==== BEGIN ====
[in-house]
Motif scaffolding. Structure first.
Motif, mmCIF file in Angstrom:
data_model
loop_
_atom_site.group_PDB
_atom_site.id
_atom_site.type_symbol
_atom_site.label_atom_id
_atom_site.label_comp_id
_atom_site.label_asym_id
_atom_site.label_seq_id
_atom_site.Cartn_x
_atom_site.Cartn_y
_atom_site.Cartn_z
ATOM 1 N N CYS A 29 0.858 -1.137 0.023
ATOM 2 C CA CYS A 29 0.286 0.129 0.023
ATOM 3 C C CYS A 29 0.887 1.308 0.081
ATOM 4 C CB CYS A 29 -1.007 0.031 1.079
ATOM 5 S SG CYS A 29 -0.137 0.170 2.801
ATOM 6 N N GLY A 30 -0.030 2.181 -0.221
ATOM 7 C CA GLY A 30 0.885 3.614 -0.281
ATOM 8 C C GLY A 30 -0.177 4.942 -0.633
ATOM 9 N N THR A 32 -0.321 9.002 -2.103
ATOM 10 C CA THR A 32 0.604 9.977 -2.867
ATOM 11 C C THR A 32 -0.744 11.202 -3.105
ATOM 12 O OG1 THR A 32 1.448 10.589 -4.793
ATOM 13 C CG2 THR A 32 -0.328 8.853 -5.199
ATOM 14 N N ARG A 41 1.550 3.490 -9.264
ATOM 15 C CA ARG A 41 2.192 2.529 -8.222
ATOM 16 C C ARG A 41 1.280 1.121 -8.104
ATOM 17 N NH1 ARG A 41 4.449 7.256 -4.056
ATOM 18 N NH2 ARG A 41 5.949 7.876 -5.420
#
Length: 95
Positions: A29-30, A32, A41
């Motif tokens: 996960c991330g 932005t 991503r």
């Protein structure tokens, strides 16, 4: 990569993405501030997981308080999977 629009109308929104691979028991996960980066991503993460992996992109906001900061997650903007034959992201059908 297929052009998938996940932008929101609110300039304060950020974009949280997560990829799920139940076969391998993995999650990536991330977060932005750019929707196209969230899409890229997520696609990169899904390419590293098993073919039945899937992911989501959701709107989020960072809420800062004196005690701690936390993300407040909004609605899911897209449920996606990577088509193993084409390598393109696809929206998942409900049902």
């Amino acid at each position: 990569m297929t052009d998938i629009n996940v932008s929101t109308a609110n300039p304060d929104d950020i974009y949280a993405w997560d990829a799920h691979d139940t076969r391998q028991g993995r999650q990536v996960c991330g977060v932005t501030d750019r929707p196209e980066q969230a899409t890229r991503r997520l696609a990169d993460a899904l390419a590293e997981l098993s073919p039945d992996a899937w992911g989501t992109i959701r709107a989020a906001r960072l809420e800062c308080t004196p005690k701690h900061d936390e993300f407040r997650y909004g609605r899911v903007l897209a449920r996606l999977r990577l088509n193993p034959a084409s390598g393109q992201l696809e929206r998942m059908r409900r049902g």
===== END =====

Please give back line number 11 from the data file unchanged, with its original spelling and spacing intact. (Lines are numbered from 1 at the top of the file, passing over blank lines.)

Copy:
_atom_site.label_asym_id